In a global economy, it is crucial for business people to be sensitive to cultural differences. And although the best reason for doing so may be ethical, it's great for business as well! This is an invaluable book for "doing well while doing good" in your intercultural relations, covering the protocols of appointments, business entertaining, greetings, forms of address, gestures, dress, and gifts in 60 of the nations you're most likely to be doing business. Some interesting excerpts:
- Australia: The "thumbs-up" sign, which in the U.S. indicates "O.K." is considered rude.
- Brazil: The colors of the Brazilian flag are green and yellow, so avoid wearing this combination in any fashion.
- China: Avoid making exaggerated gestures or using dramatic facial expressions. The Chinese do not generally use their hands when speaking, and become distracted by a speaker who does.
- Indonesia: Since it is impolite to disagree with someone, Indonesians rarely say "no"...a clear way to indicate "no" is to suck in air through the teeth.
The authors are very aware that no generalizations apply to all residents of a nation, and are careful not to stereotype or judge. Highly recommended to any business traveler--or any student of the diversity of human cultures.
(Note: a great companion volume for this book is Gestures, which is devoted entirely to explaining the varieties of hand gestures in 82 countries!)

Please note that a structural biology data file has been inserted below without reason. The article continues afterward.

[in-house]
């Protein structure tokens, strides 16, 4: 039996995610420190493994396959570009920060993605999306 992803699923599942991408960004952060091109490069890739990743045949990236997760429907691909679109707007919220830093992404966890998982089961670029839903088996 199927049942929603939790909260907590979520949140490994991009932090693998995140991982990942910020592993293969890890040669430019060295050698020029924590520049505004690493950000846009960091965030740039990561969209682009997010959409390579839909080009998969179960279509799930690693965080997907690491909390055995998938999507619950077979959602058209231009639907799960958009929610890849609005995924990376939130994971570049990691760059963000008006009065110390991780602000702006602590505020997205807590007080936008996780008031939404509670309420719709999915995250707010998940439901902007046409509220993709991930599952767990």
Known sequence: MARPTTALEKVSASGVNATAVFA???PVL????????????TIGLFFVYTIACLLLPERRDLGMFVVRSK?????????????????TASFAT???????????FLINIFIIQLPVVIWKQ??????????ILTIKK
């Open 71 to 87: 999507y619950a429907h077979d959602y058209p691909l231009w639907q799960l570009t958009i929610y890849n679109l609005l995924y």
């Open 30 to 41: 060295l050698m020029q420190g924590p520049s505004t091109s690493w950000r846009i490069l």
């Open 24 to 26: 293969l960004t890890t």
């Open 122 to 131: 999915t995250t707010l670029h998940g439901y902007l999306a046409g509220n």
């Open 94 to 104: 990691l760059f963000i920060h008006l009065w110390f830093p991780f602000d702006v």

From Library Journal
Written by executives who prepare other executives for international travel and one Fulbright scholar in cross-cultural communication, this work is a godsend for rapidly growing international collections. It is affordable, to-the-point, and easily understood book by those who as yet have no stamps on their passports. The introduction discusses cognitive styles, value systems, and negotiation strategies in different cultures, explaining how delicate they make the process of intercultural relations. Sixty countries are examined in terms of background, cultural orientation, business practices (e.g., negotiating, entertaining), and protocol (e.g., gestures, dress). Morrison and cohorts cover some countries not included by more costly "Doing Business In" publications by Business International and Price Waterhouse. The average entry length is five pages-more than Brigham Young University's Culturgrams (Garrett Park Pr., 1993. 2d ed.). Recommended for all business and international studies collections.Lisa K. Miller, Paradise Valley Community Coll. Lib., Phoenix
Copyright 1995 Reed Business Information, Inc.